An example of updating the low watermark to at least 100 gigabytes free, a high watermark of at least 50 gigabytes free, and a flood stage watermark of 10 gigabytes free, and updating the information about the cluster every minute:

response = client.cluster.put_settings(
  body: {
    persistent: {
      'cluster.routing.allocation.disk.watermark.low' => '100gb',
      'cluster.routing.allocation.disk.watermark.high' => '50gb',
      'cluster.routing.allocation.disk.watermark.flood_stage' => '10gb',
      'cluster.info.update.interval' => '1m'
    }
  }
)
puts response
PUT _cluster/settings
{
  "persistent": {
    "cluster.routing.allocation.disk.watermark.low": "100gb",
    "cluster.routing.allocation.disk.watermark.high": "50gb",
    "cluster.routing.allocation.disk.watermark.flood_stage": "10gb",
    "cluster.info.update.interval": "1m"
  }
}

Concerning the max headroom settings for the watermarks, please note that these apply only in the case that the watermark settings are percentages/ratios. The aim of a max headroom value is to cap the required free disk space before hitting the respective watermark. This is especially useful for servers with larger disks, where a percentage/ratio watermark could translate to a big free disk space requirement, and the max headroom can be used to cap the required free disk space amount. As an example, let us take the default settings for the flood watermark. It has a 95% default value, and the flood max headroom setting has a default value of 100GB. This means that:

  • For a smaller disk, e.g., of 100GB, the flood watermark will hit at 95%, meaning at 5GB of free space, since 5GB is smaller than the 100GB max headroom value.
  • For a larger disk, e.g., of 100TB, the flood watermark will hit at 100GB of free space. That is because the 95% flood watermark alone would require 5TB of free disk space, but that is capped by the max headroom setting to 100GB.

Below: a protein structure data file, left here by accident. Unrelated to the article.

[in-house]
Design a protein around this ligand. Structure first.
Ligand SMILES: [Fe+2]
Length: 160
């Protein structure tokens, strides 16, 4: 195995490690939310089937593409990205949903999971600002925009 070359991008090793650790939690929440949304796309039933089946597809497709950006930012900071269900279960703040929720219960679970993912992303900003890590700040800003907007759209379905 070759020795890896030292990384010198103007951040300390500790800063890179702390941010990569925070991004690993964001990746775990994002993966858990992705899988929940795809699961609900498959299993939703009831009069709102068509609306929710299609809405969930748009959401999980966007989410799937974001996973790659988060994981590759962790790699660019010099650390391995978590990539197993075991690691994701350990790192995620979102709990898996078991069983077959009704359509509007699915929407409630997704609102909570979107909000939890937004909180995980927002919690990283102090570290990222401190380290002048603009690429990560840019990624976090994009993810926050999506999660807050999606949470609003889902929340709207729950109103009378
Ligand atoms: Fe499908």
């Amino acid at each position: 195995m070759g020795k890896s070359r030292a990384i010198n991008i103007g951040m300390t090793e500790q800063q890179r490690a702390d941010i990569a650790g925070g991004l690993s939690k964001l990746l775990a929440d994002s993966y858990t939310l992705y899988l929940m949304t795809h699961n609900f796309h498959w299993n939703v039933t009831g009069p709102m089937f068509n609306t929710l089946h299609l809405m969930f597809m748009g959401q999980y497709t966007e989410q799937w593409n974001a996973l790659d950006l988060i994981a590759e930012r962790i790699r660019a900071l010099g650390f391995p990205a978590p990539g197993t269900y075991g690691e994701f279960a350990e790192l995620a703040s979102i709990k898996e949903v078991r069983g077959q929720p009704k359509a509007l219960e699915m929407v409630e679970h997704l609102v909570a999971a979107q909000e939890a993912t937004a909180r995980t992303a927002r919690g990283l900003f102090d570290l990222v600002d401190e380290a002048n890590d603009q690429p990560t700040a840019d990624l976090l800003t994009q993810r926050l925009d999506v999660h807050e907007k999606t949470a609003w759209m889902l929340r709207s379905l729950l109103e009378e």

Finally, the max headroom settings have their default values only if their respective watermark settings are not explicitly set (thus, they have their default percentage values). If watermarks are explicitly set, then the max headroom settings do not have their default values, and would need to be explicitly set if they are desired.

Shard allocation awarenessedit

You can use custom node attributes as awareness attributes to enable Elasticsearch to take your physical hardware configuration into account when allocating shards. If Elasticsearch knows which nodes are on the same physical server, in the same rack, or in the same zone, it can distribute the primary shard and its replica shards to minimise the risk of losing all shard copies in the event of a failure.

When shard allocation awareness is enabled with the dynamic cluster.routing.allocation.awareness.attributes setting, shards are only allocated to nodes that have values set for the specified awareness attributes. If you use multiple awareness attributes, Elasticsearch considers each attribute separately when allocating shards.